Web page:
Krisberg: The Department of Corrections have created all kinds of innovative barriers to actually moving women into these programs. For example, they were excluding women who had restraining orders out – which seems to me makes no sense. We’re penalizing someone who’s a victim. They were excluding women who had health problems. There’s again a series of rules they’re made up that bear no relationship to good correctional policy.

In early January California governor Jerry Brown asked federal judges to lift the population ban on state prisons. On Tuesday, federal judges granted a six-month extension, giving the state until December 31 to bring its prison population down. But Governor Brown and California’s Department of Corrections want the state to lift the cap permanently – a request experts say is unlikely to be granted.

Puck Lo, FSRN, Oakland.

Medi-Cal Expansion in California: What’s at stake for communities of color?
Obama’s Affordable Care Act will be making a huge impact on California’s marginalized ethnic communities.
A new report from the California Pan-Ethnic Health Network talks about just how much:

"In California, communities of color represent 60% of the population but account for 75% of the uninsured. As a result, communities of color make up a large majority of Californians who will be newly eligible for coverage under the Medi-Cal expansion. Of the approximately 1,420,000 non-elderly adults who will be newly eligible to receive Medi-Cal, 2 out of 3 (67% or 950,000) are from communities of color."

Medi-Cal Expansion in California: What’s at stake for communities of color?

Obama’s Affordable Care Act will be making a huge impact on California’s marginalized ethnic communities.

A new report from the California Pan-Ethnic Health Network talks about just how much:

"In California, communities of color represent 60% of the population but account for 75% of the uninsured. As a result, communities of color make up a large majority of Californians who will be newly eligible for coverage under the Medi-Cal expansion. Of the approximately 1,420,000 non-elderly adults who will be newly eligible to receive Medi-Cal, 2 out of 3 (67% or 950,000) are from communities of color."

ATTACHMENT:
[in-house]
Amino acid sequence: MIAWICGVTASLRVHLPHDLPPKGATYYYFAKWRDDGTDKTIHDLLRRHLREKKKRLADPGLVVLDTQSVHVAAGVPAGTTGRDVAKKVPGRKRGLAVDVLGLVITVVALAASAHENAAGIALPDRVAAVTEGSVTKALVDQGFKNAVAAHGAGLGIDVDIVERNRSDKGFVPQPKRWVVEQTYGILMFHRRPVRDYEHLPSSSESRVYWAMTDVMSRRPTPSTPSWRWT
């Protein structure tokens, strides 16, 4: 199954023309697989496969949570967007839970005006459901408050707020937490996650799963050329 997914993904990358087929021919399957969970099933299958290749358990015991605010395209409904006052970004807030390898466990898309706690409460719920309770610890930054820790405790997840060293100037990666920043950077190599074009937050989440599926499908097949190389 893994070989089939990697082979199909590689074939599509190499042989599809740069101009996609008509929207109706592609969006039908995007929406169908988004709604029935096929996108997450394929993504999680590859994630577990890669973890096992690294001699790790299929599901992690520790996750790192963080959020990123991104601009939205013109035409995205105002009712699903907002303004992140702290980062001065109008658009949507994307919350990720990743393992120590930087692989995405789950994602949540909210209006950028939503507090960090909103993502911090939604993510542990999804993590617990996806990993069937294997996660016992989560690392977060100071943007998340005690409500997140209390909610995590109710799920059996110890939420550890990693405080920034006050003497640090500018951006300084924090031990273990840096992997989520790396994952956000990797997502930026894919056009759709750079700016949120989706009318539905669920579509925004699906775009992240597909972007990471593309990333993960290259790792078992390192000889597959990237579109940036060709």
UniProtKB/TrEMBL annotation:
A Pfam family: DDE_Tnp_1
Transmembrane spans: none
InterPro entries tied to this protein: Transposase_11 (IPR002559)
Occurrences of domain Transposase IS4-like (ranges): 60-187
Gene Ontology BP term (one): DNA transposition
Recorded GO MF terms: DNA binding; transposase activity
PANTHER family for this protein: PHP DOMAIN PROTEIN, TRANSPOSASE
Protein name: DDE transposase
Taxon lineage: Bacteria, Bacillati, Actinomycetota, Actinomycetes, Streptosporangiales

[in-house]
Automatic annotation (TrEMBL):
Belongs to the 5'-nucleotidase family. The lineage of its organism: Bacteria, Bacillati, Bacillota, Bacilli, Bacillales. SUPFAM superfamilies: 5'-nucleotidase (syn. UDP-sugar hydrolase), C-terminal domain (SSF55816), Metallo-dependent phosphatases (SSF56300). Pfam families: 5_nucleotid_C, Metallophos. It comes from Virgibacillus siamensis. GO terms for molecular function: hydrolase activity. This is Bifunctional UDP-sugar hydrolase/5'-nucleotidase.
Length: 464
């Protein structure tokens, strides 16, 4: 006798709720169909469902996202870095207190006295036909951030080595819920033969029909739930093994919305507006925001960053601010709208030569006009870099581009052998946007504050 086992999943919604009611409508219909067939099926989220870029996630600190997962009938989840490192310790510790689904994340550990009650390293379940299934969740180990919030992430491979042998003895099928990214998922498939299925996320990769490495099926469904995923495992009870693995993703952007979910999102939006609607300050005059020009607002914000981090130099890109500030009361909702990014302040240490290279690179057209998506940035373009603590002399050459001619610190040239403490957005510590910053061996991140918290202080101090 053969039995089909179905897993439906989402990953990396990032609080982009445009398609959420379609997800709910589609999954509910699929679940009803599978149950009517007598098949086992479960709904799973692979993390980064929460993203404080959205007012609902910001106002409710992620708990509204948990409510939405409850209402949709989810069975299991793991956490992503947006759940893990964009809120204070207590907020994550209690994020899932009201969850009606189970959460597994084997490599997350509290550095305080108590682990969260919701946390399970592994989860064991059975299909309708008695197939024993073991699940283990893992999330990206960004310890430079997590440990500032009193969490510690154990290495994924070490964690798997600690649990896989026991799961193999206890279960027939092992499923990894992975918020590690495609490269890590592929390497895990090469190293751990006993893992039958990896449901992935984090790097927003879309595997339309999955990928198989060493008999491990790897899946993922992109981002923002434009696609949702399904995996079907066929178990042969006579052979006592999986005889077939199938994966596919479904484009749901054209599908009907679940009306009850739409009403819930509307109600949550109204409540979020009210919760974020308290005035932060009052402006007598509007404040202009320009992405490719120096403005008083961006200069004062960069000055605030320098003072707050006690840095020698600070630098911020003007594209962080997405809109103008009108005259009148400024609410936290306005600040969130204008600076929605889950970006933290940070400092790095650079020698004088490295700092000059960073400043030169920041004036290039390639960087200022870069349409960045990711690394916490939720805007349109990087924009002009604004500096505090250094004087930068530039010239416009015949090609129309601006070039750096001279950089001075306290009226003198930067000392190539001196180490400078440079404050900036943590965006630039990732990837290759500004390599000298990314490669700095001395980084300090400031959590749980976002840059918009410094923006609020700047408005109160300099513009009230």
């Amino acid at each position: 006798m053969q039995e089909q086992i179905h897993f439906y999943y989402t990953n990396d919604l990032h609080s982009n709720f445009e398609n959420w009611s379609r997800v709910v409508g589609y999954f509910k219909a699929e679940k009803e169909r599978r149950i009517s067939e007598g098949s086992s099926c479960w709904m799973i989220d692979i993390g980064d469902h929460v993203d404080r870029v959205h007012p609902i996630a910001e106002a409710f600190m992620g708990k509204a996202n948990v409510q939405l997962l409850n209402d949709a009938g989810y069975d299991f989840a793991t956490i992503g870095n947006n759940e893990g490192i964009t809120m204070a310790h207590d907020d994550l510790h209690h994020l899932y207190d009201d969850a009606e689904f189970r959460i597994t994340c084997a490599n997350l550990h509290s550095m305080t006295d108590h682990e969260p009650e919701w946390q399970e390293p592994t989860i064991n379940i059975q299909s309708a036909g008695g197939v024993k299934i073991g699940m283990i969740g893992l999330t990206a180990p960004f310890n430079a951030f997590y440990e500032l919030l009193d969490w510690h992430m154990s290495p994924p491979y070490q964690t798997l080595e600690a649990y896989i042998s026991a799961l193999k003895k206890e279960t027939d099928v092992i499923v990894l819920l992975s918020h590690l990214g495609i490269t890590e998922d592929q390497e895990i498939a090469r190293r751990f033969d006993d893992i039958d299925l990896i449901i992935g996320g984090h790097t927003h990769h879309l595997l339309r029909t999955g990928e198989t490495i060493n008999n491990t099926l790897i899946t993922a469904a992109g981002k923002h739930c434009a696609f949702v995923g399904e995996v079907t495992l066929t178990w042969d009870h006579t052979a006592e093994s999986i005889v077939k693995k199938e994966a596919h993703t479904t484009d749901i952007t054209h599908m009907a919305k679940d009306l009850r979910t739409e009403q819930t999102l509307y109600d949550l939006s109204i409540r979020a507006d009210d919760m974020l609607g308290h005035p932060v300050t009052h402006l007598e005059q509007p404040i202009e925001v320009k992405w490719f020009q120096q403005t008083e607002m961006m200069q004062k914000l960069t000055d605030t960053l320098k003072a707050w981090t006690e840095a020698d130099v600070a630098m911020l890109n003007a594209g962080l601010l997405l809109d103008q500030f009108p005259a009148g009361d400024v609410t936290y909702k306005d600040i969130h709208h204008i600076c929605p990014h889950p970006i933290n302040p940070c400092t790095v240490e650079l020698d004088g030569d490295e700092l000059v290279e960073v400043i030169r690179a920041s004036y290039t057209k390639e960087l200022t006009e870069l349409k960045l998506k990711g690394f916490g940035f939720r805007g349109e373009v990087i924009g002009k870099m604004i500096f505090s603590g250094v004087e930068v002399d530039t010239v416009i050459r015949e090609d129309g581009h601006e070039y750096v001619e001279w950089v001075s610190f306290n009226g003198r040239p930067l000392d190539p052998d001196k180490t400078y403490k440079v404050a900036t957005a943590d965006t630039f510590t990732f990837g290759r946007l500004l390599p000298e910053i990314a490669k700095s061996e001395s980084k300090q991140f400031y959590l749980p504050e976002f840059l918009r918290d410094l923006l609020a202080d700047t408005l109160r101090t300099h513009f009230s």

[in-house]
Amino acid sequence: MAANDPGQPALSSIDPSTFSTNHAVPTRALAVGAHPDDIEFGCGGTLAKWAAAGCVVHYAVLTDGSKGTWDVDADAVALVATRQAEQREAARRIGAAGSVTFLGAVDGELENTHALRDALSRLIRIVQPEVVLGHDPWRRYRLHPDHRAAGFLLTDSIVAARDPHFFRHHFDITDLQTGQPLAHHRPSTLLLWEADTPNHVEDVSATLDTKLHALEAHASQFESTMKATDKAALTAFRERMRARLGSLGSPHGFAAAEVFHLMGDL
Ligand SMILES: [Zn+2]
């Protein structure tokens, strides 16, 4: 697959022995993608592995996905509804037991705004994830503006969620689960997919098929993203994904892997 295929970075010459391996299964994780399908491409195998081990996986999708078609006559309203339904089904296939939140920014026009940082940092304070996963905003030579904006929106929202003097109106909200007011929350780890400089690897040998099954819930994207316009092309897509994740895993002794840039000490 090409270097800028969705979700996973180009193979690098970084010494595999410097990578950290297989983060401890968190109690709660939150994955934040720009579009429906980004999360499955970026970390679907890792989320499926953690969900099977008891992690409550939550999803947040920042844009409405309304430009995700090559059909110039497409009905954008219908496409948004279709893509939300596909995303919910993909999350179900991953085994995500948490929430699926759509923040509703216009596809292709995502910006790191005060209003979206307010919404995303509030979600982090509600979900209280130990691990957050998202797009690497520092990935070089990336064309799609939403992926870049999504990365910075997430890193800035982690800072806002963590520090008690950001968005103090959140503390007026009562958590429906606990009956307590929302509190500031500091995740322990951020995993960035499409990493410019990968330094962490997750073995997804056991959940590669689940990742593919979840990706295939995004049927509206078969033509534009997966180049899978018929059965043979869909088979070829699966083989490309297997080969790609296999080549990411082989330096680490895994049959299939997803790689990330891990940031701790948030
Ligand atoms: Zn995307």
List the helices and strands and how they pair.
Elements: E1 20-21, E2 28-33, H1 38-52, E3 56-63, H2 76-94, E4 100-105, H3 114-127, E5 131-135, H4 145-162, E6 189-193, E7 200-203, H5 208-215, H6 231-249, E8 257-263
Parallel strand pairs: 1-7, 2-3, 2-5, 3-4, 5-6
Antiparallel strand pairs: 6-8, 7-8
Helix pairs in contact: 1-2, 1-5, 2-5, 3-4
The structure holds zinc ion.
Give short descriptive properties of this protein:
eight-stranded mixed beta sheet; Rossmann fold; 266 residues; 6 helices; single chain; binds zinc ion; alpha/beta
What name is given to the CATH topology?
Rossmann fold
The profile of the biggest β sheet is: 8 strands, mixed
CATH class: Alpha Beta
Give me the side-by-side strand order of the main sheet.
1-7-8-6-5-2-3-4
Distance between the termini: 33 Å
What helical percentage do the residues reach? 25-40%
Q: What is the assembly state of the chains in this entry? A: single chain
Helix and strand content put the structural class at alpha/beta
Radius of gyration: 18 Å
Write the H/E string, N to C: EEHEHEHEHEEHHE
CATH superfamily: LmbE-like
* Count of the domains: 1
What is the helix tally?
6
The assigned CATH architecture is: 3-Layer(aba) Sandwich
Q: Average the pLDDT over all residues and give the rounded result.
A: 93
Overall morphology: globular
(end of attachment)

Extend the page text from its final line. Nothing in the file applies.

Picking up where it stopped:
Could California’s universal gun background-checks be used as national blueprint?

California has a rigorous background-check system for everyone buying a firearm— whether from a gun show, from licensed stores, or from private dealers. Considering recent debates at the federal level, could California’s strict laws be applied nationally? And what’s more— do they work?  

Bay Area News Group: 

"When prospective gun buyers stride into California gun stores such as Ron Kennedy’s Canyon Sports in Martinez, they must swipe their driver’s licenses or state IDs. That sets off a review process that runs their names not only through the same FBI criminal database other states use but also almost 20 other sources, from mental health records to DMV data. It’s a check more rigorous than any other state’s.

California is also one of only two states — Rhode Island is the other — requiring such checks not only for purchases from licensed gun dealers, but also for all purchases at gun shows, or even if you’re just buying a gun from a neighbor.”

Four California Republican legislators joined fellow Democrats this Thursday in supporting a resolution urging the federal government to pass comprehensive immigration reform.

According to state senator Anthony Cannella (R-Ceres): 

"For me this is about policy, not about politics… It’s about doing the right thing, and I think this is about righting a wrong."

I don’t do the gay guys man. I don’t do that. No, we don’t got no gay people on the team, they gotta get up out of here if they do. Can’t be with that sweet stuff. Nah…can’t be…in the locker room man. Nah.
San Francisco 49ers cornerback Chris Culliver • Fanning the flames of controversy by saying gay players would not be welcome on the team. Culliver made the comments to comic and radio host Artie Lange. The 49ers released a statement denouncing the player’s comments: ”The San Francisco 49ers reject the comments that were made [Tuesday], and have addressed the matter with Chris,” they said. “There is no place for discrimination within our organization at any level. We have and always will proudly support the LGBT community.” (via shortformblog)

(via shortformblog)

I think success would be when we can take down that sign that says our schools are a gun-free zone, or maybe change the sign — cross off gun-free and put victim-free.

California state lawmaker Tim Donnelly, who recently proposed Assembly Bill 202, which would let schools guard against shootings by arming their staff.

This coming from the man who was once detained at an Ontario airport for having a loaded gun in his carry-on bag